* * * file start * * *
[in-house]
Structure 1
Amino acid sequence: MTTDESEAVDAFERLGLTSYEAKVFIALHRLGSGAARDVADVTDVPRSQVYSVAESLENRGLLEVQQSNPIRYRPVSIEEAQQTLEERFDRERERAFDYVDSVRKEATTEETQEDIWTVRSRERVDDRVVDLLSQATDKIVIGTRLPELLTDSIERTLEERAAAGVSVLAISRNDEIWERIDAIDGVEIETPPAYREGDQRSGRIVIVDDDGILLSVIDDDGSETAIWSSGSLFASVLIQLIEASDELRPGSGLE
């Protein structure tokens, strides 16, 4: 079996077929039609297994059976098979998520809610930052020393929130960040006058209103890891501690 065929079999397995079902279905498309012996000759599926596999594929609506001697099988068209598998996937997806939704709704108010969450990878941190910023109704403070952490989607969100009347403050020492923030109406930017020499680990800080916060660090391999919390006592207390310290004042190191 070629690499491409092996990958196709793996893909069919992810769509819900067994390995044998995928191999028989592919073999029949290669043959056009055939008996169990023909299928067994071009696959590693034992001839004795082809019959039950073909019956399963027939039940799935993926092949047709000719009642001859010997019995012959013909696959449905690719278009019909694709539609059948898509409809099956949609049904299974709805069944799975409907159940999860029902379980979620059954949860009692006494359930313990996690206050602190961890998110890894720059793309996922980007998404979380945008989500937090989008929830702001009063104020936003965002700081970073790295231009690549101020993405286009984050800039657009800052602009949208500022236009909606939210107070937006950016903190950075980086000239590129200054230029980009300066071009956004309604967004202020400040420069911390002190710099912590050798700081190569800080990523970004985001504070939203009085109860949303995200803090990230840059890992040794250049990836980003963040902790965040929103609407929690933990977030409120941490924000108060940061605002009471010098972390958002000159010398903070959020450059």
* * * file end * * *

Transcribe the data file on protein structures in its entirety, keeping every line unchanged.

[in-house]
Structure 1
Amino acid sequence: MTTDESEAVDAFERLGLTSYEAKVFIALHRLGSGAARDVADVTDVPRSQVYSVAESLENRGLLEVQQSNPIRYRPVSIEEAQQTLEERFDRERERAFDYVDSVRKEATTEETQEDIWTVRSRERVDDRVVDLLSQATDKIVIGTRLPELLTDSIERTLEERAAAGVSVLAISRNDEIWERIDAIDGVEIETPPAYREGDQRSGRIVIVDDDGILLSVIDDDGSETAIWSSGSLFASVLIQLIEASDELRPGSGLE
């Protein structure tokens, strides 16, 4: 079996077929039609297994059976098979998520809610930052020393929130960040006058209103890891501690 065929079999397995079902279905498309012996000759599926596999594929609506001697099988068209598998996937997806939704709704108010969450990878941190910023109704403070952490989607969100009347403050020492923030109406930017020499680990800080916060660090391999919390006592207390310290004042190191 070629690499491409092996990958196709793996893909069919992810769509819900067994390995044998995928191999028989592919073999029949290669043959056009055939008996169990023909299928067994071009696959590693034992001839004795082809019959039950073909019956399963027939039940799935993926092949047709000719009642001859010997019995012959013909696959449905690719278009019909694709539609059948898509409809099956949609049904299974709805069944799975409907159940999860029902379980979620059954949860009692006494359930313990996690206050602190961890998110890894720059793309996922980007998404979380945008989500937090989008929830702001009063104020936003965002700081970073790295231009690549101020993405286009984050800039657009800052602009949208500022236009909606939210107070937006950016903190950075980086000239590129200054230029980009300066071009956004309604967004202020400040420069911390002190710099912590050798700081190569800080990523970004985001504070939203009085109860949303995200803090990230840059890992040794250049990836980003963040902790965040929103609407929690933990977030409120941490924000108060940061605002009471010098972390958002000159010398903070959020450059």